World Economics

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The World Economy
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Ed Jones, World Economics, March 2018
The World Economy has grown for 57 out of the past 58 years, only the great recession of 2009 saw an interruption in over half a century of continuous growth. Over the whole of the last 5 decades, annual real GDP growth has averaged 3.2%, and 1.6% in per capita terms. Global Real GDP split by continent illustrates that the share of the world’s GDP in the Asian region grew considerably faster than all other continents, from 16.8% in 1960 to 47.0% in 2017. The wealth of Europe and the Americas remains considerably higher compared with Asian and African continents.
House Price Indices: Does Measurement Matter?
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Mick Silver, World Economics, September 2011
A key factor in understanding the global recession is movements in residential property price indexes (RPPIs). Of concern is that more than one national RPPI is often compiled and disseminated for a country, each differing in regard to their methodology, and thus results. Key methodological issues include the: (i) use of stocks or flows and values or quantities for weights; (ii) method of enabling constant quality measures; (iii) coverage in terms of geography, type of housing and financing; and (iv) valuation of prices. The paper outlines such issues by way of three case studies: the United Kingdom, the United States and the Russian Federation.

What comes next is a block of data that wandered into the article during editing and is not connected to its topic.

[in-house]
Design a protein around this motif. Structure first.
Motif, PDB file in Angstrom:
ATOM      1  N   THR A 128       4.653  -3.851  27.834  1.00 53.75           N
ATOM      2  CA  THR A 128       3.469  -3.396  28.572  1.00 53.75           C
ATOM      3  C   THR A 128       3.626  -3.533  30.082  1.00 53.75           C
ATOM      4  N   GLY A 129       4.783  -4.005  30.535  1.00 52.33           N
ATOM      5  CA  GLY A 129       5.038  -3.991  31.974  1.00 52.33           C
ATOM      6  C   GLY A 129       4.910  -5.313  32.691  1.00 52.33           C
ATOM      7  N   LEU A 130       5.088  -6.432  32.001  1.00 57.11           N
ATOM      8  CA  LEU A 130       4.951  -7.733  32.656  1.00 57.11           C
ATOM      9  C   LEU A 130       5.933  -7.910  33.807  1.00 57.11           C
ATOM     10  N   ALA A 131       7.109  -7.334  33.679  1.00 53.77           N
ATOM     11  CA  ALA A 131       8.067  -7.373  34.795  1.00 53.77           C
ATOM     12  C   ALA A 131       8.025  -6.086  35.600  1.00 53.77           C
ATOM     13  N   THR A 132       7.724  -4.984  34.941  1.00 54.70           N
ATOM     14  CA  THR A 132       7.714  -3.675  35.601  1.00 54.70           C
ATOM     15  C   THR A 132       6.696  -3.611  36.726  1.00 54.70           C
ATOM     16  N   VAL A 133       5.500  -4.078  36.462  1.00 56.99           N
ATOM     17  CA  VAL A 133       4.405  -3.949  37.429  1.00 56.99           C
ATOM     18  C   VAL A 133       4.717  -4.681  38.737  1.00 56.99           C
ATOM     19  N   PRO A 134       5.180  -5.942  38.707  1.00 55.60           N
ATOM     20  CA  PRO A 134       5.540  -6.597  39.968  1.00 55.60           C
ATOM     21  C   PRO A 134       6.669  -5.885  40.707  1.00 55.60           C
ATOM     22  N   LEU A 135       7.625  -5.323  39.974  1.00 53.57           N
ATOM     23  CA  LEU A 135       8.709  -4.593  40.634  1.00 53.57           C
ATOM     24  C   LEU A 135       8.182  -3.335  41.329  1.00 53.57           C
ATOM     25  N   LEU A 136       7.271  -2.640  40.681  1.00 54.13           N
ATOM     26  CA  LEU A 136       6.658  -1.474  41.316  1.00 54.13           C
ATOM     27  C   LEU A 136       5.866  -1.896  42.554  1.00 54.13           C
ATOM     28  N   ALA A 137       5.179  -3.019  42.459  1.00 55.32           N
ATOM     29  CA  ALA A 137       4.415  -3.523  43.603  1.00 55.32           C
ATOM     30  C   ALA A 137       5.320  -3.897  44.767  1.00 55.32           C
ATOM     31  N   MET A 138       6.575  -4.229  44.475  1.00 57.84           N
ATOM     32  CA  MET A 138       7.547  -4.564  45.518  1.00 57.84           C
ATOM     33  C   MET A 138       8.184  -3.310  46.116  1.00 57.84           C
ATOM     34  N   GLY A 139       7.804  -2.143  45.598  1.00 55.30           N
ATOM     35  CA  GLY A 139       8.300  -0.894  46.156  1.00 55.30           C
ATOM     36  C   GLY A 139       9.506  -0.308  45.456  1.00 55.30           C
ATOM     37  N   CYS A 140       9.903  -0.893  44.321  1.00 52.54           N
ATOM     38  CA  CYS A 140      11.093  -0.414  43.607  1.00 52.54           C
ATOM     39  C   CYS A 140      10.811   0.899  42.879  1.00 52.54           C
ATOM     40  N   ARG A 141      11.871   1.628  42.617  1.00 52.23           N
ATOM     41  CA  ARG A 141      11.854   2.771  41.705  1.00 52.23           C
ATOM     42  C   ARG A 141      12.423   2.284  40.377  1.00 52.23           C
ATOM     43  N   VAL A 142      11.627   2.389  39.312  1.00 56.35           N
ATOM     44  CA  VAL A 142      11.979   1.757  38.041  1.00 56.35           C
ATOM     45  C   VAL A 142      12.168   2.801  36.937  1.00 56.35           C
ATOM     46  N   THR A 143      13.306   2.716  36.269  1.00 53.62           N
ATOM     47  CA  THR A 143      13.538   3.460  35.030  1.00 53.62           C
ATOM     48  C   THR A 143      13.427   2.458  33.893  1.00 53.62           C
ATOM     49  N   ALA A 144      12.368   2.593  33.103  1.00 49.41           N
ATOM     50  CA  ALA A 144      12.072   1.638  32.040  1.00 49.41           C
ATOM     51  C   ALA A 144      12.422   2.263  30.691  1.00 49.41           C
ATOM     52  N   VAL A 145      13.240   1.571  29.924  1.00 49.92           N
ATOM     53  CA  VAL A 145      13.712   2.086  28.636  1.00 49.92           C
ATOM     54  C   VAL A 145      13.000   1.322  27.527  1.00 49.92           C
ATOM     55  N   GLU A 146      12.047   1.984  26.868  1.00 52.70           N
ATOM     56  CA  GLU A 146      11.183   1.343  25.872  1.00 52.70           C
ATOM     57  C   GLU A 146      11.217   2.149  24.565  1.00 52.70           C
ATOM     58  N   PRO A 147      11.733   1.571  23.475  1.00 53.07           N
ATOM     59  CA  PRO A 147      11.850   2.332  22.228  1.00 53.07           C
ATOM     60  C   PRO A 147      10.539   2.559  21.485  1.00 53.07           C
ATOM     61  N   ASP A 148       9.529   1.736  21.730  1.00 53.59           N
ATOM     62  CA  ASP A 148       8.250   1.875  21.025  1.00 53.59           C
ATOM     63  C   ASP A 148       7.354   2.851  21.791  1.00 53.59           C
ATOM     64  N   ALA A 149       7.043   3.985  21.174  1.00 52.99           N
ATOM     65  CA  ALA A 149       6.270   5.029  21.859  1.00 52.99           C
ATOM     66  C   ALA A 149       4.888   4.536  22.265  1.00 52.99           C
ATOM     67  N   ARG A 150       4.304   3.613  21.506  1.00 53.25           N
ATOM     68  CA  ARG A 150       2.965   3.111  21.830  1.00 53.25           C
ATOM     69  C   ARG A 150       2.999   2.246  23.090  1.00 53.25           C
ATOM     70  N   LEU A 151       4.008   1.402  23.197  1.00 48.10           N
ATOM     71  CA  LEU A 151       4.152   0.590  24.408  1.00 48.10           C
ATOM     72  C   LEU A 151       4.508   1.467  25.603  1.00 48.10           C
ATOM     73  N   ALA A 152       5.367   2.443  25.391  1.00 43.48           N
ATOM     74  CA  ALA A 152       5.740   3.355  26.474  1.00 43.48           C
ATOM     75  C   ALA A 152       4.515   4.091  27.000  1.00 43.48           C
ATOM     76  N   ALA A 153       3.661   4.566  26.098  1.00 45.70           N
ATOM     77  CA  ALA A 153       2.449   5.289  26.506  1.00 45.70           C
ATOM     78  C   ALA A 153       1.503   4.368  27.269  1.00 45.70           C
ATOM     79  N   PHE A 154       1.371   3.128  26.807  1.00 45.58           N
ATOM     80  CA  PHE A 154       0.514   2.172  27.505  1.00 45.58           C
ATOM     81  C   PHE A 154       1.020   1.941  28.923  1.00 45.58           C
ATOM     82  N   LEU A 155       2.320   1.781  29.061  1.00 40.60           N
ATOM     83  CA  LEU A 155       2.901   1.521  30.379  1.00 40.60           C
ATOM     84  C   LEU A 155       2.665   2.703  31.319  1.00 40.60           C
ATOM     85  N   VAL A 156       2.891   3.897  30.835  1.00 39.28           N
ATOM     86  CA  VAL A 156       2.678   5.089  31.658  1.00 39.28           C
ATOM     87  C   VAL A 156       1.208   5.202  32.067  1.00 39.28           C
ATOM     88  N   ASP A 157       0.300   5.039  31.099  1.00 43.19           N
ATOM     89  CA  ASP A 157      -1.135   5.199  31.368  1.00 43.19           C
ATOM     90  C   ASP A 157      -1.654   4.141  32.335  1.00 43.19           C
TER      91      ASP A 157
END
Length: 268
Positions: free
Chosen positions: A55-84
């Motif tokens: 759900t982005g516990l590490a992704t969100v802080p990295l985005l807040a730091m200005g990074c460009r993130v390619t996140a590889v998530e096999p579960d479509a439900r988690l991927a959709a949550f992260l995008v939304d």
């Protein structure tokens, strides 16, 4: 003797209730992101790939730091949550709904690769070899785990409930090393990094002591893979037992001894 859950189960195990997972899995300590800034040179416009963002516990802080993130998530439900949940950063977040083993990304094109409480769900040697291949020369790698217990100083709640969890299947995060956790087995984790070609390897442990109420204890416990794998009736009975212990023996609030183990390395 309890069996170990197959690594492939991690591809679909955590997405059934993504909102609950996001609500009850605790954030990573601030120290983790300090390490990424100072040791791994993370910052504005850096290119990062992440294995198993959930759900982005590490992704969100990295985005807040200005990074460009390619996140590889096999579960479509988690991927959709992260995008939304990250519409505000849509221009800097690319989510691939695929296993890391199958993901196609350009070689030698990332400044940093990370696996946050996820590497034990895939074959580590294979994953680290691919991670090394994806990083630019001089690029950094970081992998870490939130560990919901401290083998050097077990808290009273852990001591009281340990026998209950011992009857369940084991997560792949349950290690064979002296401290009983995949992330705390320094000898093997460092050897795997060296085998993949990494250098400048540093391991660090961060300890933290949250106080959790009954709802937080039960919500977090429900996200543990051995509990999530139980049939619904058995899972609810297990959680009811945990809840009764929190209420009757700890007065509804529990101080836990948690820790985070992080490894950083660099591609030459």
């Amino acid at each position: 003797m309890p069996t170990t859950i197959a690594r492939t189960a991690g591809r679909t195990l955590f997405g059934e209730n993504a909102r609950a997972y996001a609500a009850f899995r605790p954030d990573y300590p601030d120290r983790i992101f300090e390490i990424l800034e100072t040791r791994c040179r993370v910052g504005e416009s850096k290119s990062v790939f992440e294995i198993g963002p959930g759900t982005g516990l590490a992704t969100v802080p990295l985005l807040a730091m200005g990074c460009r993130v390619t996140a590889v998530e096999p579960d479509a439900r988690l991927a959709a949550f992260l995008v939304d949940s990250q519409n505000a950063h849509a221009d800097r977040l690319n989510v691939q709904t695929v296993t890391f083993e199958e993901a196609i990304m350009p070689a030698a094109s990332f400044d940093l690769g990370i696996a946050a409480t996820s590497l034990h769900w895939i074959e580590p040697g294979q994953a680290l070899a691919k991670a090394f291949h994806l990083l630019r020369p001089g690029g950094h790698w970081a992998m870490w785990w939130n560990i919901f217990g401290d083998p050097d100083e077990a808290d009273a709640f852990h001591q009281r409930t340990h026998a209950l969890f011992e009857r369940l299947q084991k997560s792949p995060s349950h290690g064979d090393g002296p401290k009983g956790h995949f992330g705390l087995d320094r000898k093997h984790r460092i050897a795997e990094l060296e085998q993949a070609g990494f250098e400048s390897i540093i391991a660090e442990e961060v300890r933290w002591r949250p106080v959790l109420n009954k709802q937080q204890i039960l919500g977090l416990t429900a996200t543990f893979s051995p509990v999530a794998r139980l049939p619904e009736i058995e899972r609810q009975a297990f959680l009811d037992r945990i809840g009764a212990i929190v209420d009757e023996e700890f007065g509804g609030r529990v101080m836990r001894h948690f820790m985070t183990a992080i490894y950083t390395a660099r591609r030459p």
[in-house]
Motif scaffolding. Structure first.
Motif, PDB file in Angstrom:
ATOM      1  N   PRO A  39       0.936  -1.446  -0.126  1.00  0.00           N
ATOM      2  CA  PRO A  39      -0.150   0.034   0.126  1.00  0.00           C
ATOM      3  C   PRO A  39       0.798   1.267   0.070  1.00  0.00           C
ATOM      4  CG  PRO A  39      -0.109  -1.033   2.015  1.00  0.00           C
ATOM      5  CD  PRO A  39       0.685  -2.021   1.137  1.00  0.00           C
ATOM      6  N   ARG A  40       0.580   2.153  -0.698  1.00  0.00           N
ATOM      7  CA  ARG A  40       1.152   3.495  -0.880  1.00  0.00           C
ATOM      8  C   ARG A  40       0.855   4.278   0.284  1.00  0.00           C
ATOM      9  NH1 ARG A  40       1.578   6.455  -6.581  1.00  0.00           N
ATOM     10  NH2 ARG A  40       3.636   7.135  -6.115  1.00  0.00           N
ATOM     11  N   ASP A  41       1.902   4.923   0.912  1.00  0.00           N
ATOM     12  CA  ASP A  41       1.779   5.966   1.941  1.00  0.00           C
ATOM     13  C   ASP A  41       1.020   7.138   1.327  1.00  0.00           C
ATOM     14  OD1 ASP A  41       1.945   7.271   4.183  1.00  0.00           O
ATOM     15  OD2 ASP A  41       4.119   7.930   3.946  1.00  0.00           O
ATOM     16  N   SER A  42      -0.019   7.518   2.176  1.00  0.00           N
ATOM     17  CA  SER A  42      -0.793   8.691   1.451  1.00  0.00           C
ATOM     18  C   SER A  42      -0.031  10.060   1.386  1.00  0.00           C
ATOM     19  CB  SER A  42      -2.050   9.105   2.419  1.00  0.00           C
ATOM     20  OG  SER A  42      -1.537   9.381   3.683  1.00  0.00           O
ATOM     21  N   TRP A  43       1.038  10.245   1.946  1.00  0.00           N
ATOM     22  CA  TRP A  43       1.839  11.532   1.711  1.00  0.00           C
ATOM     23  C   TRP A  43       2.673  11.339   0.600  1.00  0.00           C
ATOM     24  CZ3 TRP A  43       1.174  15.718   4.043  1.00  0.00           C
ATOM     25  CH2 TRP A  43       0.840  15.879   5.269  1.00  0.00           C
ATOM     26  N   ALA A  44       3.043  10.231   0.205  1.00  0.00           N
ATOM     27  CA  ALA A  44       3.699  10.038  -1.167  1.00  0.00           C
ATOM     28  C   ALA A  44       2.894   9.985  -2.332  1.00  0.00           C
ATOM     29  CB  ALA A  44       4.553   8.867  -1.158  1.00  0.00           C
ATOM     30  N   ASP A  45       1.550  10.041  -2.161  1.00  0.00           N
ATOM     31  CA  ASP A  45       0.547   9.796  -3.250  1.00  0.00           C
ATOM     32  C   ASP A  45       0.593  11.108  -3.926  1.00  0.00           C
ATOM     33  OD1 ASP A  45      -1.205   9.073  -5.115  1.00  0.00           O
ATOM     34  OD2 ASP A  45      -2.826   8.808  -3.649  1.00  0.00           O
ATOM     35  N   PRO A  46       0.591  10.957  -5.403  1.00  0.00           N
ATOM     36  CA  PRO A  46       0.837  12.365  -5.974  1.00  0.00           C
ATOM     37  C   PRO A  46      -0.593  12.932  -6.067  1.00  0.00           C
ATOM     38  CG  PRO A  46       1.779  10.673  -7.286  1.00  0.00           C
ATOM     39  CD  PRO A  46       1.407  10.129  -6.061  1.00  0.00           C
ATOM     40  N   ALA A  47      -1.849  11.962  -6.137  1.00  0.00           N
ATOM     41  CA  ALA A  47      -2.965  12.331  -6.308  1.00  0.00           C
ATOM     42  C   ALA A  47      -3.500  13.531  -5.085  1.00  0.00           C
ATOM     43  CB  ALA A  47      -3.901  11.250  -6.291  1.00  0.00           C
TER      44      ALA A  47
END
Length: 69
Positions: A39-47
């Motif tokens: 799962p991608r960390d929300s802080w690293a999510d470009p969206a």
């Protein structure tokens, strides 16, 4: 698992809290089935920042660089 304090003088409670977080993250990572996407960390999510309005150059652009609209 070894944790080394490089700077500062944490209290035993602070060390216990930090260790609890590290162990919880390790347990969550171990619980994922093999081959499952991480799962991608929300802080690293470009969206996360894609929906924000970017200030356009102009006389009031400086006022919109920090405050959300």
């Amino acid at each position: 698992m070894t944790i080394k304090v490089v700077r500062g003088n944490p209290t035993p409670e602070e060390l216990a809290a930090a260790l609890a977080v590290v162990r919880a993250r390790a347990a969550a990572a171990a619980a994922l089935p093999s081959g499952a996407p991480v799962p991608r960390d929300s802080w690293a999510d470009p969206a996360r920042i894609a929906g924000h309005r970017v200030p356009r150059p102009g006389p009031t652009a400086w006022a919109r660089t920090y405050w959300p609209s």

Poles Apart
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Paul Gregg, Kirstine Hansen & Jonathan Wadsworth, World Economics, June 2000
Analysis of labour market performance using individual level data can reach radically different conclusions to those provided by a household-based analysis, using the same source of information. In Britain and other OECD countries the number of households without access to earned income has grown despite rising employment rates. Built around a comparison of the actual jobless rate in households with that which would occur if work were randomly distributed, the authors show that work is becoming increasingly polarised in many countries. Changing household structure can only account for a minority of the rise in workless households, so that labour market failure is the dominant explanation. Polarisation of work will have important welfare and budgetary consequences for any country.

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